What's wrong with this picture? (Hint: it's not the competing fonts).
This still, taken from the trailer of the film South Dakota: A Woman's Right to Choose might be the first time I've seen "a woman's right to choose" accompanying an in utero photo. Those are both articles of rhetoric from opposing sides of the abortion debate. Could this be a movie aiming to "edify, inform and not take sides?" Yes, according to director Bruce Isacson. But after reading Robin Acabin's assessment of the movie in the L.A. Times ("Creators of abortion film say they want honest debate"), I'm going to go ahead and say that it's not only unbalanced, but entirely pro-life.
I often wonder if fans of Michelle Tea are familiar with the work of Sarah Schulman. The lesbian novelist, playwright, journalist and professor has written several works since the 1980s, including Rat Bohemia, Empathy and Girls, Visions and Everything. The stories revolve around young, queer women, their lives in the city in an era when AIDS was prevalent and fringe art and theater was a common link in the LGBTQI community.
Schulman just released two new books: The novel The Mere Future and Ties That Bind: Familial Homophobia and Its Consequences. Publisher's Weekly talked with the author today, inquiring about the ideas in the book, and why homophobia that hits close to home is bigger than a personal problem:
"Be sustainable - Don't buy sex!" exhorts a postcard that is being distributed to guests of 160 hotels in Copenhagen during the UN Climate Summit. The proprietors of the lodging establishments received the postcards along with a letter from Lord Mayor Ritt Bjerregaard requesting they not facilitate transactions between the COP15 guests and the city's prostitutes. In response to their local representatives' attempt to thwart a potential bump in business, the Sex Workers Interest Group (SIO) has co-opted the postcards as a marketing tool by announcing that anyone who brings one to the group along with their COP15 ID badge will get to indulge in the sex workers' services for free!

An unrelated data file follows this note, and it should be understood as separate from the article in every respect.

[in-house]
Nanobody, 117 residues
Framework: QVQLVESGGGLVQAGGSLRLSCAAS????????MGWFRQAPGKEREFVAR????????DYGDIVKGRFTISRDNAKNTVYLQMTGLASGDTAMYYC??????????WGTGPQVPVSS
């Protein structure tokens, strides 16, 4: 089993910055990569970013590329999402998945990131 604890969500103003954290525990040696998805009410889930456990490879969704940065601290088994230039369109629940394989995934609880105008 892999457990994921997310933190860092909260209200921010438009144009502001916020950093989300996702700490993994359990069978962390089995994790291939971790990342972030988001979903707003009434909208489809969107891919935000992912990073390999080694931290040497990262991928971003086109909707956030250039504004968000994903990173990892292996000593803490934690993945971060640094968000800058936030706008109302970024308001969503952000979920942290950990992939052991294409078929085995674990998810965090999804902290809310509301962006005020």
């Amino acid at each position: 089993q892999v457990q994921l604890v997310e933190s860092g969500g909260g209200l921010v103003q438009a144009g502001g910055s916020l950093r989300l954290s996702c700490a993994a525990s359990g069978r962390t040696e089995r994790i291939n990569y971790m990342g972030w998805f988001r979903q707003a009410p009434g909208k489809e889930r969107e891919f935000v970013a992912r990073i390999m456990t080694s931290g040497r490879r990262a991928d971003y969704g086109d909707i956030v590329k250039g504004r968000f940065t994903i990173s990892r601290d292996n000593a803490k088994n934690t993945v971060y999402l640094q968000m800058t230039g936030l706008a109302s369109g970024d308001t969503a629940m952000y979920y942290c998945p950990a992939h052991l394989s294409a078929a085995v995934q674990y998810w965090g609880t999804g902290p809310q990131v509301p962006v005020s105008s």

I am just so proud that the Academy Awards gave the man who said "if you don't want to be pitied for being a cripple in a wheelchair, don't come out of the house" a humanitarian award for being so good and giving to those wretched disabled children! I do hope that everyone gives money to a man who said "You might as well put a gun in your mouth" after you find out you have amyotrophic lateral sclerosis (that's ALS- Lou Gehrig's Disease). And heaven knows that money goes to really important stuff - like a CURE! - because things like wheelchairs and accessible transportation and helping families get their homes renovated to be fully accessible would be a total waste of that money, right? Why help people with disabilities now when in the future, they may have a CURE!
Kira Nerusskaya, director of the documentary Fat Girls Float, needs your help to finish its production! Nerusskaya, a New York City native, travelled through several countries and interviewed dozens of people about size discrimination, fat acceptance, activism, and their identity. Check out the six-minute trailer after the jump...
Did you feel icky seeing headlines about the Carrie Prejean nudie pics and the "sexting" epidemic? Amanda Marcotte at Pandagon argues that when you share or make public someone's privately-made sex photos or video, it's a form of sexual assault.
We're still trying to navigate what the digital world means for sexual harassment, espcially when it comes to young people. That's where ThatsNotCool.com comes in...
Update: This post is tragically apropos. A thirteen year old girl committed suicide after her nude photos were spread by classmates. More at The Curvature.
If you've ever felt like the cost of being a woman was somehow higher than that of being a man, guess what? You were literally correct! Via Psychology Today:
The January 2010 Consumer Reports has an article that's sure to provoke some outrage. "Roam any drugstore and you'll see products that seem to be twins, except for one thing: One is for women, the other for men. We discovered that products directed at women-through packaging, description, or name-might cost up to 50 percent more than similar products for men."